Huawei has developed its own in house OS in case it was banned in the USA. That being said see what happens in the weeks and months ahead. Canada hasn’t banned Huawei, and a person can always sideload apks regardless.
The article states “the next version of its smartphones outside of China will also lose access to popular applications and services including the Google Play Store and Gmail app,” Reuters noted.”
The article here is more in depth.
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This change does somewhat devalue their devices. What Canadian carrier is going to continue purchasing devices from Huawei in the future? Probably none, because all of our Canadian carrier bulk order devices together to get the best price.
Pretty good take here. I think the point is if you have a phone, you’ll be locked to what you have for software.
In in terms of their ability to survive, don’t underestimate Chinese patriotism. There are hundreds of millions of users and don need Google Play. WeChat and other such services are massive in their ability to meet the needs of the market (see here for an explainer: https://9to5mac.com/2019/01/03/apple-iphone-china-trouble-wechat/).
The long and short is in North America, Huawei will get dated quickly and may lose access to apps on the App Store. This may not affect their ability to survive long term, but they may not return to Android, and just stick with their own OS, especially if it takes off in China.
As the owner of a Chinese Xiaomi Mi MIX 3, I can definitely agree with the amount of alternatives they already have to everything. The Xiaomi Mi Store has just about everything the Google Play Store could offer and a whole lot more for free. Sideloading Google Services and Google Play isn't hard. They even have an app in their store to do it for you, if you want to go that route. Samsung has their own store as well on their devices that come with everything Google and Amazon have their own app store for Android as well. More app stores and competition isn't a bad thing.
The Huawei OS that will support Android apps should be interesting. Unfortunately, Huawei has stated it won't potentially be available until early next year. What are they going to do now though that ARM has stated they are going to cease doing business with Huawei? The road for Huawei is definitely getting tougher. If they weren't a company of the Chinese State, they probably wouldn't have most of these issues with the world's governments and backdoors in their network technologies that make counties like the US cautious while Canada blindly and naively sells out to the lowest bidder without a second though.
Personally, I hope Telus and our other carriers look at picking up other Chinese devices to sell while this mess gets stored out. I really like Xiaomi's Mi MIX line and I have some friends that purchased Pocophone F1's that really enjoy them. OnePlus down here on T-Mobile is also a really nice exclusive that I think Canadian's would welcome. The OnePlus 7 Pro is an excellent device that comes in a few hundred cheaper than most other flagships and is fully compatible with all of the Canadian spectrum right out of the box.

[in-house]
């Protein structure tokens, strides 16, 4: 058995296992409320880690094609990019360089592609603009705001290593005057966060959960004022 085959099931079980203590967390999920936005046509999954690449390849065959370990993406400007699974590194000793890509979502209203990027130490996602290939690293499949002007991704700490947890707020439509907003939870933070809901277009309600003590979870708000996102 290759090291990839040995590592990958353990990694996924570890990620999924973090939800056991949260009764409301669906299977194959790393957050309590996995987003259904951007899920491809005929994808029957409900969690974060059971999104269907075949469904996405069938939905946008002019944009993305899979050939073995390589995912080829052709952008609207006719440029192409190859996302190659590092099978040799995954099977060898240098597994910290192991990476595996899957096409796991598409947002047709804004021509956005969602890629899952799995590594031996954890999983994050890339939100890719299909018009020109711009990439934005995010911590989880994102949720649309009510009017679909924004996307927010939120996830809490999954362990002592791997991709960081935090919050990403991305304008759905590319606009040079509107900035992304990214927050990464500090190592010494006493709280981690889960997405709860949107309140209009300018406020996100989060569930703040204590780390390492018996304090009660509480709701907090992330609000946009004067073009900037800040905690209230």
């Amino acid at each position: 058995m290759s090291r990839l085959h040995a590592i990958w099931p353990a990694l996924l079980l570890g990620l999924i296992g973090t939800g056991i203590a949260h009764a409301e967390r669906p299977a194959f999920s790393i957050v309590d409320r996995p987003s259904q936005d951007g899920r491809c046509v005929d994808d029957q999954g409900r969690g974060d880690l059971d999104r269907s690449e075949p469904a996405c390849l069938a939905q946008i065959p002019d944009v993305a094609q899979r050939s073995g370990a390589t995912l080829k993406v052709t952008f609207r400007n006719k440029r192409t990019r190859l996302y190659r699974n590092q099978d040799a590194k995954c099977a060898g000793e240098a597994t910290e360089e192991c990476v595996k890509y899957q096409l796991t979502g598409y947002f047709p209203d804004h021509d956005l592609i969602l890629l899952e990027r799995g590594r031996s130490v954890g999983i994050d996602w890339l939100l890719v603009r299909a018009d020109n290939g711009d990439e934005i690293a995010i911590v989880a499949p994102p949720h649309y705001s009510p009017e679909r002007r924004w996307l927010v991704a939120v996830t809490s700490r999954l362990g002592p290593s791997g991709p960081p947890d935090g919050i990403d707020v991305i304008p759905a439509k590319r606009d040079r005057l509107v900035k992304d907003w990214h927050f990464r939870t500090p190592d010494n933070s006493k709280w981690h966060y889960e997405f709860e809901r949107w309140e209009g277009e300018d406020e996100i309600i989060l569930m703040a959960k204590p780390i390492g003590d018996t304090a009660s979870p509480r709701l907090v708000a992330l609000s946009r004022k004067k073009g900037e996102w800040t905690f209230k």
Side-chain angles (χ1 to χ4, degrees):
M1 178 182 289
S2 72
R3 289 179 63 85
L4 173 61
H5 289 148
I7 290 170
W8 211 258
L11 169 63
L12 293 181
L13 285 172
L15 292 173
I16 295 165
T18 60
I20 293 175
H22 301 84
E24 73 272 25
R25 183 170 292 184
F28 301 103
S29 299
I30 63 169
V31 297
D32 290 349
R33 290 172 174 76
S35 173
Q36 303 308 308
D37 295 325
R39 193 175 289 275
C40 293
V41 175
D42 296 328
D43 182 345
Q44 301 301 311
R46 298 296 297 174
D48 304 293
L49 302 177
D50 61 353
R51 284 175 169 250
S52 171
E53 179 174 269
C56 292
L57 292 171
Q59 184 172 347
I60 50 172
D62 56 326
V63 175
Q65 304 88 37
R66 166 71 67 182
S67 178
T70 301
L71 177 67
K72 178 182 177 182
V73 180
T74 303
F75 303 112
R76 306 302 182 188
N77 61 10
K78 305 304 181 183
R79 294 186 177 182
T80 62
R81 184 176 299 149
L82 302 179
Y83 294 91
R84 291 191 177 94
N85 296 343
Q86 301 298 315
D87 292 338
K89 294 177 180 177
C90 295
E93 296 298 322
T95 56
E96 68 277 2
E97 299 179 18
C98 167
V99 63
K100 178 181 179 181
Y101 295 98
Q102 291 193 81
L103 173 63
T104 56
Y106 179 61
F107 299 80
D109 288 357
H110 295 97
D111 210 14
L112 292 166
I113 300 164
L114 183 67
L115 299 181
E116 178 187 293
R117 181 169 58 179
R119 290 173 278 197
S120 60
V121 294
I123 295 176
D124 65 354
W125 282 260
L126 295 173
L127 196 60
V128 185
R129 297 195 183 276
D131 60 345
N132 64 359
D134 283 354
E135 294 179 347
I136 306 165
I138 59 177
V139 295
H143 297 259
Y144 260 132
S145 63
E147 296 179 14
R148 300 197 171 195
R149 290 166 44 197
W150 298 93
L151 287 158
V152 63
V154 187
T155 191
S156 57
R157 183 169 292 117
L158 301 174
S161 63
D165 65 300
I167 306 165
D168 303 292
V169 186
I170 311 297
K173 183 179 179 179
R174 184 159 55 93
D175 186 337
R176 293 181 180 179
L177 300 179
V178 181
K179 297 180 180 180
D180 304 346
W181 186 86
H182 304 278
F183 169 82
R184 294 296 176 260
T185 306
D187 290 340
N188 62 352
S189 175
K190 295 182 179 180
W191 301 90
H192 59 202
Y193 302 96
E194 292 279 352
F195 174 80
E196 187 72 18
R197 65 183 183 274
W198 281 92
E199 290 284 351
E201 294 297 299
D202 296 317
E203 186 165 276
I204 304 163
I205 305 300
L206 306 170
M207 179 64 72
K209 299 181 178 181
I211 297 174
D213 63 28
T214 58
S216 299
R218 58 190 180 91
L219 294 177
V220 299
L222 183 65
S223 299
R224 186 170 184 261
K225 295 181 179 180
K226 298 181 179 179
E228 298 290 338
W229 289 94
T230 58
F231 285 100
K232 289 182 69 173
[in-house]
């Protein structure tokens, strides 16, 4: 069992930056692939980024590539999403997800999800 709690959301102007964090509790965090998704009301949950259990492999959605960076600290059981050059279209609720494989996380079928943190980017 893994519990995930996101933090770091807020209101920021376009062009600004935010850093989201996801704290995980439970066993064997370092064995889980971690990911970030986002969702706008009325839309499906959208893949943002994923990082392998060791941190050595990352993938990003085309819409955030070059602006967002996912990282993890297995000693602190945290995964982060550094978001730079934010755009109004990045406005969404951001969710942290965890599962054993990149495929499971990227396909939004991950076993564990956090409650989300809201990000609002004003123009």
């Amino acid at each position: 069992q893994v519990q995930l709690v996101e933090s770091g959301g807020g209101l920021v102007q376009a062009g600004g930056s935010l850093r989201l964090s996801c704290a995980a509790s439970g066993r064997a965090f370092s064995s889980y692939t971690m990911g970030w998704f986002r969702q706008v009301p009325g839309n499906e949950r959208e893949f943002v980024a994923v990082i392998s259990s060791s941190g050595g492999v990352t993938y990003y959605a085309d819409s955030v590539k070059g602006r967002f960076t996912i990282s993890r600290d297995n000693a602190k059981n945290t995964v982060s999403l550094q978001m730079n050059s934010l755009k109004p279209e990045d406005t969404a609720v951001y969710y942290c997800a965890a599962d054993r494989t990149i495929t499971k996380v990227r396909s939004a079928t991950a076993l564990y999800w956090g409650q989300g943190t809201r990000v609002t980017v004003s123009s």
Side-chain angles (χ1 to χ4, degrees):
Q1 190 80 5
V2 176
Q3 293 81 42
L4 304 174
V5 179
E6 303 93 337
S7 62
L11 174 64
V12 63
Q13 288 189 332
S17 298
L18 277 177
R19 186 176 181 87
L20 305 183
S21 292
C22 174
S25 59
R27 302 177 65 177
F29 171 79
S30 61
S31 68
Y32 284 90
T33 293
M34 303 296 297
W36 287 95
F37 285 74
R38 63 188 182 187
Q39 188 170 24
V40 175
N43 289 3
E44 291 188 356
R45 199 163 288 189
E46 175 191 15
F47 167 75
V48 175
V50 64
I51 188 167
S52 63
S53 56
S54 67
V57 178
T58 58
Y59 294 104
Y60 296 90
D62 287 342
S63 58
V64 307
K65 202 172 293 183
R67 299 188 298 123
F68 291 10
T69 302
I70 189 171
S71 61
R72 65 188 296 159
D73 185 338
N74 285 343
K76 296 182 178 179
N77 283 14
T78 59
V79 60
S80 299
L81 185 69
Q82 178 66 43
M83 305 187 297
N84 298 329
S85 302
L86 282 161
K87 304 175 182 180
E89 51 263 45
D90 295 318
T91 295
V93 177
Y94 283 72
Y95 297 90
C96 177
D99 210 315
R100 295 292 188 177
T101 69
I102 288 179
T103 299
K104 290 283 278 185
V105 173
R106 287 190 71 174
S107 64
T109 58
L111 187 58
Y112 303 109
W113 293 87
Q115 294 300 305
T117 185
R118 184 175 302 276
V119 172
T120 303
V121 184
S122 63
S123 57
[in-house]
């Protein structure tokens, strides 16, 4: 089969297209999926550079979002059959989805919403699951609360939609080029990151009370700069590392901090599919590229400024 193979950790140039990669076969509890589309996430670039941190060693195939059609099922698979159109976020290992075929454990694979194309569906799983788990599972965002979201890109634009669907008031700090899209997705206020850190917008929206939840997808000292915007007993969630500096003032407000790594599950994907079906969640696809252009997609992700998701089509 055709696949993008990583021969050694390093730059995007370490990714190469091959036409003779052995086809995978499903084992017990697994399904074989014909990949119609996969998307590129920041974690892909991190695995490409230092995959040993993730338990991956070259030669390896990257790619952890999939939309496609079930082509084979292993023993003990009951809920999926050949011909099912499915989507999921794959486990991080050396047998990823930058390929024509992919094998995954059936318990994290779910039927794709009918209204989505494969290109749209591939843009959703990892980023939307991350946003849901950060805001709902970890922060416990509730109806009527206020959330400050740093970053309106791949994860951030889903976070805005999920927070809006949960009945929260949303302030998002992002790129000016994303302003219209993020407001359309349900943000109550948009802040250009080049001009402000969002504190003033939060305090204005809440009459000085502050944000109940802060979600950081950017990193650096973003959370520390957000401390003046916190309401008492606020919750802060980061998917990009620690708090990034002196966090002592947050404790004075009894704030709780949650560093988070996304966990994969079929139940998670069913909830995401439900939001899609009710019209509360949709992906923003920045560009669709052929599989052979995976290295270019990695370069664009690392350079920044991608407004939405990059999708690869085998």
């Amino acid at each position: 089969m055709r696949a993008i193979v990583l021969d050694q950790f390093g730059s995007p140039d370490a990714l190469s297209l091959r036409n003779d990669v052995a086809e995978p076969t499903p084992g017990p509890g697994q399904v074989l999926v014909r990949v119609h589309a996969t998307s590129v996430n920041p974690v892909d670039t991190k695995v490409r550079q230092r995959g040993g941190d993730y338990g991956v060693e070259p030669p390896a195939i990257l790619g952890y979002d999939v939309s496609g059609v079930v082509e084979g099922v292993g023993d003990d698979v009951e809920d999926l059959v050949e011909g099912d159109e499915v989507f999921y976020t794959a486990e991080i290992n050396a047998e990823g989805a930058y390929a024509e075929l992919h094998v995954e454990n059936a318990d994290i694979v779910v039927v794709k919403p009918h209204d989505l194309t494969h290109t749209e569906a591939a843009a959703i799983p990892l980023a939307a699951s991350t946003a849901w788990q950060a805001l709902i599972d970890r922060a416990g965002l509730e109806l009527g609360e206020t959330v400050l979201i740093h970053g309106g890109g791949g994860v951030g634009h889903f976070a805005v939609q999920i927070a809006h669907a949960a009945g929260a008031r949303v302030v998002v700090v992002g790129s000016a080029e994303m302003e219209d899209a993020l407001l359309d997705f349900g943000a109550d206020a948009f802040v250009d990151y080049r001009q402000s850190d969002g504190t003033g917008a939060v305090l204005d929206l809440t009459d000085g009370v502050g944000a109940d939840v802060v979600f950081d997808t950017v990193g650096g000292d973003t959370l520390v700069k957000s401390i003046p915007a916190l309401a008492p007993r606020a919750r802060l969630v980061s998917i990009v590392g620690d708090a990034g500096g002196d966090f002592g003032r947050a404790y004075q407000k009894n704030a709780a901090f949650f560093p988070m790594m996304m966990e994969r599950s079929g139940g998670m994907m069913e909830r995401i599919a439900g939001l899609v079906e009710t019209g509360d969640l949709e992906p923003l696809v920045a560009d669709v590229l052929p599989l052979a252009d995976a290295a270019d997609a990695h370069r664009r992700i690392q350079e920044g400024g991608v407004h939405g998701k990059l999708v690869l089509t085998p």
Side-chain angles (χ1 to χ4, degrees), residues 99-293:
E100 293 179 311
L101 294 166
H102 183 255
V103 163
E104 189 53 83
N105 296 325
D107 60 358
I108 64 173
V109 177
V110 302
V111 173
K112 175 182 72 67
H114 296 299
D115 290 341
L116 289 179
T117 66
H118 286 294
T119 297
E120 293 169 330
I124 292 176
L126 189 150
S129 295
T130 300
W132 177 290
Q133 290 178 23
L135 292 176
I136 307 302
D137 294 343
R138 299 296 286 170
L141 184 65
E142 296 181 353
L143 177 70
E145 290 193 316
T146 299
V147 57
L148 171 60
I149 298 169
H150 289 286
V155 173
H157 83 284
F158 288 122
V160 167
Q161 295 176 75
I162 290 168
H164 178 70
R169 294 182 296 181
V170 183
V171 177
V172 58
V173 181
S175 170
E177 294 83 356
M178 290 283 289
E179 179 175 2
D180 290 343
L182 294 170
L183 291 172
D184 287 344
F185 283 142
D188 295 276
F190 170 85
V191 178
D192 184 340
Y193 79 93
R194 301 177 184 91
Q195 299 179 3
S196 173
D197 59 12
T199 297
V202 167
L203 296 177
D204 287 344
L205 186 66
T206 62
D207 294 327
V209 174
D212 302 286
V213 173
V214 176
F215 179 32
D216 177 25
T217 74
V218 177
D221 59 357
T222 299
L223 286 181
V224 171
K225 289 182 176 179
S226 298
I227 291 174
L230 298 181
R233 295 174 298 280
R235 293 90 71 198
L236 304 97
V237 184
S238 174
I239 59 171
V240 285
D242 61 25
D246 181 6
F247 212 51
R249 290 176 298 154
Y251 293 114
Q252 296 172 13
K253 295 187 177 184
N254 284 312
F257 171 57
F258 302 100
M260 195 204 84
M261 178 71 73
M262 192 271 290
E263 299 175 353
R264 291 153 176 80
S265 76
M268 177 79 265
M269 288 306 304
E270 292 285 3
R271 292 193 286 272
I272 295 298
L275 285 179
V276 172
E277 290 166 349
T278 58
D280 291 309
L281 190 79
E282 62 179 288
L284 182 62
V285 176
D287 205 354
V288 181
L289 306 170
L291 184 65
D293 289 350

I expect the USA will ban more Chinese manufacturers from Android before this is finally sorted. If so, adding more ‘soon to be excluded’ phones to their lineup makes little sense.
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Fair points but I think the way people use Android and iOS in North America and the way people in Asia use smartphones are different on a cultural level. Asking the average user to side load is not going to fly. Most people (i.e., those that don’t hang around on forums like this!) just want a phone that works, let’s them text, and get the odd app. I agree that some of the Chinese Android phones are cool, especially the One Plus 7 Pro, but many are only ever geared towards low income markets like China and India.
ZTE was once banned but I don't see any others being banned by the Trump Administration. The ban isn't a competitive standpoint, but one of national security. Huawei is a company of the Chinese Federal Government, kind of like the LCBO is a company of Ontario's Provincial Government.
EE and other European company have now opted out of doing business with Huawei. EE, which includes Deutsche Telekom (T-Mobile) and many other mobile providers around the world, is a massive mobile provider globally and a big step towards addressing the potential security risks of the Chinese Government providing cellular infrastructure globally.
Huawei is also well known for stealing trade secrets, offering payouts to rival company employees for trade secrets, reverse engineering competitors products, and many patent infringements. Sure, most companies have infringed on some other company's patents at some point, but the other aspects are cause for concern. They didn't get to the top by being innovative.